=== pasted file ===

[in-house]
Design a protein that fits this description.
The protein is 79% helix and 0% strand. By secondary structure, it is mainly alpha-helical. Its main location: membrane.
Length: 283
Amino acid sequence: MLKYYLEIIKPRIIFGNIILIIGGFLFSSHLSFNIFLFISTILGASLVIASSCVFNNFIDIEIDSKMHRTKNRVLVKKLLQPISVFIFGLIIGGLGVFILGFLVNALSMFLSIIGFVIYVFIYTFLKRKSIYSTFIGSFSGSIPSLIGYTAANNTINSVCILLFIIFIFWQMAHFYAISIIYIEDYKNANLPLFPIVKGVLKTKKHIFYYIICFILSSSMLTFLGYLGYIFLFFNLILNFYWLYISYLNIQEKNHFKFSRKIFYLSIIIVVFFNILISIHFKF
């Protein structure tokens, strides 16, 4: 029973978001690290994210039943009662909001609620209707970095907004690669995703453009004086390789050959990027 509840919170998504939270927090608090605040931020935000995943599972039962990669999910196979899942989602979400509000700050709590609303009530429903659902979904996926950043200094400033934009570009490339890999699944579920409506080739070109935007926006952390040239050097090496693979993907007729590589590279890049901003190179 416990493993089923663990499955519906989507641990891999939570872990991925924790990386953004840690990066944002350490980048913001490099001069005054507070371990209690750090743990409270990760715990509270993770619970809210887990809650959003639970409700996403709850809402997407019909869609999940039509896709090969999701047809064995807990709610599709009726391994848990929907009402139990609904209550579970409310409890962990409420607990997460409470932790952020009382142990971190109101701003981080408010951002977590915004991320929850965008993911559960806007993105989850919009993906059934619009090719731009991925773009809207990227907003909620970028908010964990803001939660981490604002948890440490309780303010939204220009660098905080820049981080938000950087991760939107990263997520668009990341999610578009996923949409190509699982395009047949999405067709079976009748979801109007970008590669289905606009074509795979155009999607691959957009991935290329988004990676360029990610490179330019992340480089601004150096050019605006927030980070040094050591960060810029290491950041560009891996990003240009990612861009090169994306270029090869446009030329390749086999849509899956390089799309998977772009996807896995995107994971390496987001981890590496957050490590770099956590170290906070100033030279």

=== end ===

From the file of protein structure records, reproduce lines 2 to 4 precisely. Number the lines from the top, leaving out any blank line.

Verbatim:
Design a protein that fits this description.
The protein is 79% helix and 0% strand. By secondary structure, it is mainly alpha-helical. Its main location: membrane.
Length: 283